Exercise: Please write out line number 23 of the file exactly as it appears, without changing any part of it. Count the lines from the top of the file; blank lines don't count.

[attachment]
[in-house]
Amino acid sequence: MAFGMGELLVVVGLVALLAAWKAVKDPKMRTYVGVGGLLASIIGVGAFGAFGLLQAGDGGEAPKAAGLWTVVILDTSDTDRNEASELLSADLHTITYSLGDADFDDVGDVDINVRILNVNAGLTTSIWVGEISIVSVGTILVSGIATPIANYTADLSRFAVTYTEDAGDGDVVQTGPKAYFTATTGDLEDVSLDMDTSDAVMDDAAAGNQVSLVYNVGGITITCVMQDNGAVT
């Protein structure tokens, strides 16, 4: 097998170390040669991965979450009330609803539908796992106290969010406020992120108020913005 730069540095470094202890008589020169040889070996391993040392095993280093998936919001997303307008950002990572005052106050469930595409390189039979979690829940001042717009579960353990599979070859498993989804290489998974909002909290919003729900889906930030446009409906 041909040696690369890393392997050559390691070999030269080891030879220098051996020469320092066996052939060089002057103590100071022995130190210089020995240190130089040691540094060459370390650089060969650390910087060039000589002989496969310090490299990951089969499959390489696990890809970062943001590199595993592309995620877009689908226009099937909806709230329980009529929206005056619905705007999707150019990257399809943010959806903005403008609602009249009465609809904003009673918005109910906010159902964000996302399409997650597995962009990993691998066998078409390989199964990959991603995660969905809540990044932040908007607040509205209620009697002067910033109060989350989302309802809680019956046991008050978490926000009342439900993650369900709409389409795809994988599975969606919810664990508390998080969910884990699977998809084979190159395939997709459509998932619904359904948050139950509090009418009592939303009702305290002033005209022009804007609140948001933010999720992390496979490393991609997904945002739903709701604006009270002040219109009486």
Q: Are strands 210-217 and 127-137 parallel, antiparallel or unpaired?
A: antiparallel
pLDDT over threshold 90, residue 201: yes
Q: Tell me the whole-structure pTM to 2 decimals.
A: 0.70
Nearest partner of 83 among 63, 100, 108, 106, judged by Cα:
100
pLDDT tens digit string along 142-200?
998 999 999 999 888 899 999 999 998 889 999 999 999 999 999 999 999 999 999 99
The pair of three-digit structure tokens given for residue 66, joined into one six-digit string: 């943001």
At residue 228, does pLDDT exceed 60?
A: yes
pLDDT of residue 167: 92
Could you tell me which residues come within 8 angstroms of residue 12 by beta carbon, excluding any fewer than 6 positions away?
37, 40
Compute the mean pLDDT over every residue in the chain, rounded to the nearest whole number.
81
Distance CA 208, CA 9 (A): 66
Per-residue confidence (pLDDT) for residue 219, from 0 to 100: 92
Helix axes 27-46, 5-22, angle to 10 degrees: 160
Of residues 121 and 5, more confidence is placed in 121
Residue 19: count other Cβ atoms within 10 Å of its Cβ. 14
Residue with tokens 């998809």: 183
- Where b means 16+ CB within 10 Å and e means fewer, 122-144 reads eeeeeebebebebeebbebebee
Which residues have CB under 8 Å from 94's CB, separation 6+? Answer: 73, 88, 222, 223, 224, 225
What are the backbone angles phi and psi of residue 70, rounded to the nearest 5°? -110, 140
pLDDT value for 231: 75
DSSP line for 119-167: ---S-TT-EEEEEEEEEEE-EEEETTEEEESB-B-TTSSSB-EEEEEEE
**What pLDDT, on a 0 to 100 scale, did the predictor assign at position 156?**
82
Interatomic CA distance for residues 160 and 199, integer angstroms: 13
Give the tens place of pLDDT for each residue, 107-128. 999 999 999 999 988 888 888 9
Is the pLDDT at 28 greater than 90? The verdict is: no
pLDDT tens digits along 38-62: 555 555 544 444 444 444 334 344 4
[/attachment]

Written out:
Helix axes 27-46, 5-22, angle to 10 degrees: 160